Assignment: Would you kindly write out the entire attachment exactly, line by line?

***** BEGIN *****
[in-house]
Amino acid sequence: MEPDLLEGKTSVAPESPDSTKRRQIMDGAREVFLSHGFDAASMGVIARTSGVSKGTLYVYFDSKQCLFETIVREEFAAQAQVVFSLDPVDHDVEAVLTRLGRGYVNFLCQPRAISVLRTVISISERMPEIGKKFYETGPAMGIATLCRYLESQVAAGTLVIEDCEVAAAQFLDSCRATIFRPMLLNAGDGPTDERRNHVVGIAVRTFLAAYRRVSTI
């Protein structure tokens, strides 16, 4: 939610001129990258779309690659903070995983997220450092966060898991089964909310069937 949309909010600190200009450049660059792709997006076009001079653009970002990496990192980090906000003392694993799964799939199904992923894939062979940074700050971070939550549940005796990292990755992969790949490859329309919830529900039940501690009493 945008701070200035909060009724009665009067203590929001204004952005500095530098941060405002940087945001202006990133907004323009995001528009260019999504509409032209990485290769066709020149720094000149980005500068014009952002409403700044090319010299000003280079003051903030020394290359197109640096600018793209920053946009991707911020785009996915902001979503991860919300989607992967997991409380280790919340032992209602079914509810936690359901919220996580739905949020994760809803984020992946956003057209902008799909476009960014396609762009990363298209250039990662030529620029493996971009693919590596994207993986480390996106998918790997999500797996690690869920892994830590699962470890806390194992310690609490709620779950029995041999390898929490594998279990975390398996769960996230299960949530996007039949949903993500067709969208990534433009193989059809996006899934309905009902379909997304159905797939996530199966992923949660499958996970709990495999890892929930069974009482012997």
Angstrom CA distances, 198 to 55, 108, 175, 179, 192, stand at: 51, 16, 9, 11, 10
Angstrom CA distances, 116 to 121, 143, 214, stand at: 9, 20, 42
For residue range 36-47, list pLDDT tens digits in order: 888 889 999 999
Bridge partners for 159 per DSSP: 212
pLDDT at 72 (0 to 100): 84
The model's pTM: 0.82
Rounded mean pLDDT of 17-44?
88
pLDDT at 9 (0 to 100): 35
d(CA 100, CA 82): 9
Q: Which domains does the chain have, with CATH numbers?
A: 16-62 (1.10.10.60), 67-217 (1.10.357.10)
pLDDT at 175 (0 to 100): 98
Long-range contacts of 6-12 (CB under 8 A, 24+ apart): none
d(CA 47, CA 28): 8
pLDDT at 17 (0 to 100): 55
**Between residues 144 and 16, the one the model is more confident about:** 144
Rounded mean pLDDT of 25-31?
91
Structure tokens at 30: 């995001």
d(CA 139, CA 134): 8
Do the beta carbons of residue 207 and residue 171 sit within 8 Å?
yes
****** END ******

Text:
[in-house]
Amino acid sequence: MEPDLLEGKTSVAPESPDSTKRRQIMDGAREVFLSHGFDAASMGVIARTSGVSKGTLYVYFDSKQCLFETIVREEFAAQAQVVFSLDPVDHDVEAVLTRLGRGYVNFLCQPRAISVLRTVISISERMPEIGKKFYETGPAMGIATLCRYLESQVAAGTLVIEDCEVAAAQFLDSCRATIFRPMLLNAGDGPTDERRNHVVGIAVRTFLAAYRRVSTI
């Protein structure tokens, strides 16, 4: 939610001129990258779309690659903070995983997220450092966060898991089964909310069937 949309909010600190200009450049660059792709997006076009001079653009970002990496990192980090906000003392694993799964799939199904992923894939062979940074700050971070939550549940005796990292990755992969790949490859329309919830529900039940501690009493 945008701070200035909060009724009665009067203590929001204004952005500095530098941060405002940087945001202006990133907004323009995001528009260019999504509409032209990485290769066709020149720094000149980005500068014009952002409403700044090319010299000003280079003051903030020394290359197109640096600018793209920053946009991707911020785009996915902001979503991860919300989607992967997991409380280790919340032992209602079914509810936690359901919220996580739905949020994760809803984020992946956003057209902008799909476009960014396609762009990363298209250039990662030529620029493996971009693919590596994207993986480390996106998918790997999500797996690690869920892994830590699962470890806390194992310690609490709620779950029995041999390898929490594998279990975390398996769960996230299960949530996007039949949903993500067709969208990534433009193989059809996006899934309905009902379909997304159905797939996530199966992923949660499958996970709990495999890892929930069974009482012997």
Angstrom CA distances, 198 to 55, 108, 175, 179, 192, stand at: 51, 16, 9, 11, 10
Angstrom CA distances, 116 to 121, 143, 214, stand at: 9, 20, 42
For residue range 36-47, list pLDDT tens digits in order: 888 889 999 999
Bridge partners for 159 per DSSP: 212
pLDDT at 72 (0 to 100): 84
The model's pTM: 0.82
Rounded mean pLDDT of 17-44?
88
pLDDT at 9 (0 to 100): 35
d(CA 100, CA 82): 9
Q: Which domains does the chain have, with CATH numbers?
A: 16-62 (1.10.10.60), 67-217 (1.10.357.10)
pLDDT at 175 (0 to 100): 98
Long-range contacts of 6-12 (CB under 8 A, 24+ apart): none
d(CA 47, CA 28): 8
pLDDT at 17 (0 to 100): 55
**Between residues 144 and 16, the one the model is more confident about:** 144
Rounded mean pLDDT of 25-31?
91
Structure tokens at 30: 């995001």
d(CA 139, CA 134): 8
Do the beta carbons of residue 207 and residue 171 sit within 8 Å?
yes